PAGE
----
Stack Overflow is a community of 4.7 million programmers, just like you, helping each other.

Join them; it only takes a minute:

Sign up
Join the Stack Overflow community to:
  1. Ask programming questions
  2. Answer and help your peers
  3. Get recognized for your expertise

i am a new programer in c++

and i have an abstract class A, and i implemented operators in it.

and now i have two classes B and C that extend A.

for some reason the compiler does not identify the operators.

is it because that operators are not inherrited? or is it because that i have a code bug?

here is the code:

#ifndef A_
#define A_

class A{
public:

    friend bool operator==(const A &a1,const A &a2);
}
#endif

inline bool operator==(const A& a1, const A& a2){

....

}

is it not meant to work on B==C and B==B and C==C? thanx

Matt

share|improve this question
1  
What exactly are you asking? Please provide the compiler error messages and more detail. Thanks! – Richard Cook Sep 23 '10 at 18:46
1  
Matt, please provide a minimal, self-contained example which exhibits the problem you're seeing, accompanied by an exact description of what you're expecting ("should compile fine") and what your seeing (exact compiler error messages). – sbi Sep 23 '10 at 18:50
    
This could also depend on the version of the C++ compiler you are using. A very old Borland C++ might get function argument lookup wrong for example. Please tell us the compiler and version you are using. – Zan Lynx Sep 23 '10 at 18:54
    
I prefer not to have base class comparison operators given public accessibility. When an object of type B is passed to a function that operates on objects of type A, there is no easy process for the function to differentiate between an instance of B or C. Very bad design when using generic programming. Many of my early programs failed because of this. – Thomas Matthews Sep 23 '10 at 19:02
1  
Do you have all that in your header file? Having that inline bool operator== outside the include guard looks a bit suspicious. – hrnt Sep 23 '10 at 21:02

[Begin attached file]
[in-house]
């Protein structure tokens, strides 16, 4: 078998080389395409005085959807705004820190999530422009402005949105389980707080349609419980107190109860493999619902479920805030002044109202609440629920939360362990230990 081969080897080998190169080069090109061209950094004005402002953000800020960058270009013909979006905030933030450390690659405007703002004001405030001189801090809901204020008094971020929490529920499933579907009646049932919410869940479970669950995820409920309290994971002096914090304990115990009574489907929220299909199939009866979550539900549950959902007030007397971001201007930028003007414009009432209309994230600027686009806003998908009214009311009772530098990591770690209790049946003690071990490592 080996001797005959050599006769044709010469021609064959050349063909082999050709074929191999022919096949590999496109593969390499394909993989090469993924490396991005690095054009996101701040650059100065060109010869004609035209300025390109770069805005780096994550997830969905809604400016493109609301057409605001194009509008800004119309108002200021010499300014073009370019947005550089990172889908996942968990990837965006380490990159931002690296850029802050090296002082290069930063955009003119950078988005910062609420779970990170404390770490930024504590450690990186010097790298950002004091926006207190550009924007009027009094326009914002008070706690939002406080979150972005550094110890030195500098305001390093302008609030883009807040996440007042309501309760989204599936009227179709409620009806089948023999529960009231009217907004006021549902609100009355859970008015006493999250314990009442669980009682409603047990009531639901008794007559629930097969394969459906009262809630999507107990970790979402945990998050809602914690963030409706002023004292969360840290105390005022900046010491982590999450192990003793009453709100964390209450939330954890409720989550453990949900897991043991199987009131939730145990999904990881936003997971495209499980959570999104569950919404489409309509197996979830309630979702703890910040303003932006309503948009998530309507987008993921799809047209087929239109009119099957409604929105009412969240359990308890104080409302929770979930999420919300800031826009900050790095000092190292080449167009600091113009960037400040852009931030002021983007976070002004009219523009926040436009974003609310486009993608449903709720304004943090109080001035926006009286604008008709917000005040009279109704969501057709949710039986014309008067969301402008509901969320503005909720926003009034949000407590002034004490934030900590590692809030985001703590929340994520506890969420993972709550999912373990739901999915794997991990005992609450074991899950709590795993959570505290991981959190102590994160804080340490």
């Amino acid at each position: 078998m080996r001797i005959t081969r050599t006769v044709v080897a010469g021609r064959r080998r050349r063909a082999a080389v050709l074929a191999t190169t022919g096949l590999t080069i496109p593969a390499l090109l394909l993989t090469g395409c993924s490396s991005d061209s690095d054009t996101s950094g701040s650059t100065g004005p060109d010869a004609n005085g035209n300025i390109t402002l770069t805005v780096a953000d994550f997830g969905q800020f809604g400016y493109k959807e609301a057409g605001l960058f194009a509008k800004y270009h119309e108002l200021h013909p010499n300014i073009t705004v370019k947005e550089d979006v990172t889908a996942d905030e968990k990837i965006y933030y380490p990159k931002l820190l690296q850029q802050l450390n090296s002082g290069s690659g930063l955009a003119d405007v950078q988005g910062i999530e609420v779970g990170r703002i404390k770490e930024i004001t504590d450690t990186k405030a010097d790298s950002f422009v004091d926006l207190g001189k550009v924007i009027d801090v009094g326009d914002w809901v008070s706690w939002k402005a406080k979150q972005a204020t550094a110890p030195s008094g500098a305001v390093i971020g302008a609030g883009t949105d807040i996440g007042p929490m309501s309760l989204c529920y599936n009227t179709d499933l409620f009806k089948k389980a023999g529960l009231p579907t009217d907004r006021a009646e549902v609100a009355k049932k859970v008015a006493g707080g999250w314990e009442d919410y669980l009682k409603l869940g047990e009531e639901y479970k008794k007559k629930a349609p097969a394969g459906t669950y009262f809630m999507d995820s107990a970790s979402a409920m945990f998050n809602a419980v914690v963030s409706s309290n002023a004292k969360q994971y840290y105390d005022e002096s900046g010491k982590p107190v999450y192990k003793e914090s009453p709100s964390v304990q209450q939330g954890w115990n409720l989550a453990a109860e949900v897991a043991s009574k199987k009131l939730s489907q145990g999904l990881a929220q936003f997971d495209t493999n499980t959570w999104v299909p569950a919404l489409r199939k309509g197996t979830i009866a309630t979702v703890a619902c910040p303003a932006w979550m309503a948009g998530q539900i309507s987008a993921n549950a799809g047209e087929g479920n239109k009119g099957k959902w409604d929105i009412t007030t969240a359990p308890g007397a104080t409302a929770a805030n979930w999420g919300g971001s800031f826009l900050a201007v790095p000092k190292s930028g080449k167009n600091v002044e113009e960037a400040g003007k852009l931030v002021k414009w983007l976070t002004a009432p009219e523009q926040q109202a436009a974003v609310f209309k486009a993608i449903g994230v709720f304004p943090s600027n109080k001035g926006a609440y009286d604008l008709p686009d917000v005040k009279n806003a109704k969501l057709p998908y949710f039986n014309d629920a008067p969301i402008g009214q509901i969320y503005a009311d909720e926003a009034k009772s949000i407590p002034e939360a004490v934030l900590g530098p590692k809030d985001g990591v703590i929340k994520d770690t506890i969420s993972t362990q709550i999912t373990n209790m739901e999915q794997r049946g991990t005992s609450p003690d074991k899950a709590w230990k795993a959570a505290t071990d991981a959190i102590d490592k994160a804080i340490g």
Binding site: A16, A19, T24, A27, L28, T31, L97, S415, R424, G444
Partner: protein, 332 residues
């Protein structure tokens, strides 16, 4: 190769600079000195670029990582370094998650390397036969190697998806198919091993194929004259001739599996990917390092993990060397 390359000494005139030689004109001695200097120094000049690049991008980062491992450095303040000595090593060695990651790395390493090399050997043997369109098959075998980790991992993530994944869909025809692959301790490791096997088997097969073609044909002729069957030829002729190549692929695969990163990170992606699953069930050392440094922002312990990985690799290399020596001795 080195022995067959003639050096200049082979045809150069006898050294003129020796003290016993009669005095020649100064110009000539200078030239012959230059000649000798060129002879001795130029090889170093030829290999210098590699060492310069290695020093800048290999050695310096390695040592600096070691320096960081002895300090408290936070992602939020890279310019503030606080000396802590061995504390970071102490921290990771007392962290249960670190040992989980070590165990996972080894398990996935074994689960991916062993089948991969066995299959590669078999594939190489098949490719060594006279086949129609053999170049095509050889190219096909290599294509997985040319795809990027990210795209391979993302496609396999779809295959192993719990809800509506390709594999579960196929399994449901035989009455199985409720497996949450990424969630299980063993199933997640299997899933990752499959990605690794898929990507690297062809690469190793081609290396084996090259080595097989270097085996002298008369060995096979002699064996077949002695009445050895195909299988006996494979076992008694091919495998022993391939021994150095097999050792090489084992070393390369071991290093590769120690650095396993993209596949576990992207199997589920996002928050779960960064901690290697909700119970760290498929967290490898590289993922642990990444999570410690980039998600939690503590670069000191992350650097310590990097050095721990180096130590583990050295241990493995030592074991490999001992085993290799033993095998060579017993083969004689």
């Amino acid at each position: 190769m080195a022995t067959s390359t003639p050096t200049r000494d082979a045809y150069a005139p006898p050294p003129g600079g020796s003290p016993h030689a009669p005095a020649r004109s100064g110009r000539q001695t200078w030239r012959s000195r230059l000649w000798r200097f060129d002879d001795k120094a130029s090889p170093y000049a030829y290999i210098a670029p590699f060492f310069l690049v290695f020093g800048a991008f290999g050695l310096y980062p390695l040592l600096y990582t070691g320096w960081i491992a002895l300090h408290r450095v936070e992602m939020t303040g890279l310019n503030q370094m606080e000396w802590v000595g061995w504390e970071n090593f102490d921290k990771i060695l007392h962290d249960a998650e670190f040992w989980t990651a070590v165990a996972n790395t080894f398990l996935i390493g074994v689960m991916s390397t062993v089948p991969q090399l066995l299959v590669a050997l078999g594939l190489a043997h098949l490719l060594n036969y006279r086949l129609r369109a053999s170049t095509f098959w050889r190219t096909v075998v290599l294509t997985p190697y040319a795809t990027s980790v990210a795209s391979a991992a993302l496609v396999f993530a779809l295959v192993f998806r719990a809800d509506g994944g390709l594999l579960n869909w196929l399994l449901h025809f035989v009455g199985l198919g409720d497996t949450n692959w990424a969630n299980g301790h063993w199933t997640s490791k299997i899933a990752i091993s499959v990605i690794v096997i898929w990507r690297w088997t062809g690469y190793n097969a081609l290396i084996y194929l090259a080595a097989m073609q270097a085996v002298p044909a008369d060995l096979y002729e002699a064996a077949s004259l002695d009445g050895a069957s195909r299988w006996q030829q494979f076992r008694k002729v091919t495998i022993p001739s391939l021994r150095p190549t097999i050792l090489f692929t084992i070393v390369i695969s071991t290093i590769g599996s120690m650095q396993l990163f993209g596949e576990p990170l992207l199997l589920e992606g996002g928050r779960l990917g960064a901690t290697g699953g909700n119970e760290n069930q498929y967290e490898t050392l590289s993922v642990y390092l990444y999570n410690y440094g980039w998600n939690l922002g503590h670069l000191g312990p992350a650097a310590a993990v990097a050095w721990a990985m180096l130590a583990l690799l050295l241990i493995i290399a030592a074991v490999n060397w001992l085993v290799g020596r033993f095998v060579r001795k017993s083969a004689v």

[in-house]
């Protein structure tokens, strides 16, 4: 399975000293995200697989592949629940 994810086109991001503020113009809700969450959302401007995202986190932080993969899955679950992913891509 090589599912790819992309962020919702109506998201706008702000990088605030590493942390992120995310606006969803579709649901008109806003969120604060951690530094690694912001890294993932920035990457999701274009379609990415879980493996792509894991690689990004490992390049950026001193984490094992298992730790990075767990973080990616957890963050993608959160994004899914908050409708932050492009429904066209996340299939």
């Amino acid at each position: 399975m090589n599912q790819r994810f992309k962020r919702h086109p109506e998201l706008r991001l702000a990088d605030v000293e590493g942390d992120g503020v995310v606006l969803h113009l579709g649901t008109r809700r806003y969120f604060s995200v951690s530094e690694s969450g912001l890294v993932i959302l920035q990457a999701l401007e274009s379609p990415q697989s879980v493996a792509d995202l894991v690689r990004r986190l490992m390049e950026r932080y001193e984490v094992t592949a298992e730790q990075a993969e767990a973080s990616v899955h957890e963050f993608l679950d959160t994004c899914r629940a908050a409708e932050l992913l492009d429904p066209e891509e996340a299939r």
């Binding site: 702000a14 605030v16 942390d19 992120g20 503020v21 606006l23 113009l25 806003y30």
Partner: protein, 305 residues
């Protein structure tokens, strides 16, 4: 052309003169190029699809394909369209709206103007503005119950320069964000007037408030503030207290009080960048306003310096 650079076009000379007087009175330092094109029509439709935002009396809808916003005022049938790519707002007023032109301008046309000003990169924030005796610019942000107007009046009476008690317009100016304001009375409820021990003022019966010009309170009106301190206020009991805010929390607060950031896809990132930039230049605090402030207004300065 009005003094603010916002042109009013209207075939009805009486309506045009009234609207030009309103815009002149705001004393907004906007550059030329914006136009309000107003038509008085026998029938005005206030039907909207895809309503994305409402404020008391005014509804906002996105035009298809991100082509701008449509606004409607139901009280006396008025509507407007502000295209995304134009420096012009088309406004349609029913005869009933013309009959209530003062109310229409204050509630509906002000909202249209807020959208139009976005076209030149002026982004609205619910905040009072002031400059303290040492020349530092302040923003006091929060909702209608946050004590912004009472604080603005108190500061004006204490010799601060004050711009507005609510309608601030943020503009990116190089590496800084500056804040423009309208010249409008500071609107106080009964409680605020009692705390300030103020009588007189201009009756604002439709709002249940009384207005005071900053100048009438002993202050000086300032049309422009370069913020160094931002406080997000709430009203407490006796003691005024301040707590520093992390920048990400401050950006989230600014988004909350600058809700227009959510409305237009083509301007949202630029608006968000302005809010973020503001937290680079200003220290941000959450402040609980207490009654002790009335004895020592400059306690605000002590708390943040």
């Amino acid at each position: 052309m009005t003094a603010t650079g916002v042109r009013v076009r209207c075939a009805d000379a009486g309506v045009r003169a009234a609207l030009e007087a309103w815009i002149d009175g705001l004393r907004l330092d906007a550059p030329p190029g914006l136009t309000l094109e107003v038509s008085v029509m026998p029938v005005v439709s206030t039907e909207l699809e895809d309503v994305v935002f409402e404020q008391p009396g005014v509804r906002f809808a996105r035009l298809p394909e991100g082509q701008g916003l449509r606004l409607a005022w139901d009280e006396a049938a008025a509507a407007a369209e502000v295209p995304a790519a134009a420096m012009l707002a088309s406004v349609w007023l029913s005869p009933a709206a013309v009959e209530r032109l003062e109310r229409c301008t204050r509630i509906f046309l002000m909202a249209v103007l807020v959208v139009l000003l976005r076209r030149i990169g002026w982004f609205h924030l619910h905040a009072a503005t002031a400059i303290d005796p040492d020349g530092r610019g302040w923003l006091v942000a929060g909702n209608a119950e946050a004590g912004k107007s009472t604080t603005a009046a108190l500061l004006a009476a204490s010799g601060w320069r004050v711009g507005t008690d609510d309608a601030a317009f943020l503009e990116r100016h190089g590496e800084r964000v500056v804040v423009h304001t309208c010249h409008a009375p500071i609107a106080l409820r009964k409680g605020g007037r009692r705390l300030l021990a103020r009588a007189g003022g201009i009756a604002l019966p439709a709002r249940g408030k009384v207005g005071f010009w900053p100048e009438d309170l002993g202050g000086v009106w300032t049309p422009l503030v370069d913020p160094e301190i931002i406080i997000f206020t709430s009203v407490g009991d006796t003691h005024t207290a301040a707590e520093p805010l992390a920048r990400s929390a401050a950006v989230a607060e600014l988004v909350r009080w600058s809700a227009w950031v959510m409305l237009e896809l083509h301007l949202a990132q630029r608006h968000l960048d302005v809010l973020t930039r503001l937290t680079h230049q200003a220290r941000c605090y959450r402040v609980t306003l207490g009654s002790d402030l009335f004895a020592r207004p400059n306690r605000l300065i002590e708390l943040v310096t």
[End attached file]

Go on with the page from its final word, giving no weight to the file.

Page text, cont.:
The program compiles and runs as expected, correctly calling the right operator when I try it:

class A {
public:
    friend bool operator==(const A &a1, const A &a2);
};

bool operator==(const A &a1, const A &a2) {
    return false;
}

class B : public A {};
class C : public A {};

int main()
{
    B b;
    C c;
    bool equals = b == c;
    return 0;
}
share|improve this answer

Put the operator inside the class.

#ifndef A_
#define A_

class A
{
    ...

public:

    bool operator==(const A &other)
    {
        // your operator logic
    }
}
#endif

Optionally, you could make it virtual thus allowing you to override it in the derived classes.

share|improve this answer
    
The friend approach is also valid: see @Reinderien's answer. – Richard Cook Sep 23 '10 at 18:51
    
@Richard - Yes, I didn't say it is not invalid. :) – Venemo Sep 23 '10 at 19:07

My suggestion: don't overload comparison operators in base classes, but implement equivalent protected methods. This will prevent some hard to detect failures in your program.

Example:

class Base
{
  protected:
    bool equal_base(const Base& other) const
    { return member == other.member;}

  private:
    unsigned int member;
};

class B_Child : public Base
{
  public:
    bool operator==(const B_Child& other) const
    { return (member_b == other_member_b) && equal_base(other);}
  private:
    std::string member_b;
};

class C_Child : public Base
{
  public:
    bool operator==(const C_Child& other) const
    { return (member_c == other_member_c) && equal_base(other);}
  private:
    double member_c;
};

Also search the web for "C++ virtual equality operator".

share|improve this answer

How about:

class A
{
    public:
        bool operator==(A const& rhs) const
        {
            return this->isEqual(rhs);
        }
    private:
        virtual bool isEqual(A const& rhS)
        {
            return /* Your test here */
        }
};
class B: public A
{
    private:
        virtual bool isEqual(A const& rhS)
        {
            B& theRealRHS = dynamic_cast<B const&>(rhs);  // Throws if it is not a B
            return /* Your test here */
        }
};
share|improve this answer

Your Answer

 
discard

By posting your answer, you agree to the privacy policy and terms of service.

Not the answer you're looking for? Browse other questions tagged or ask your own question.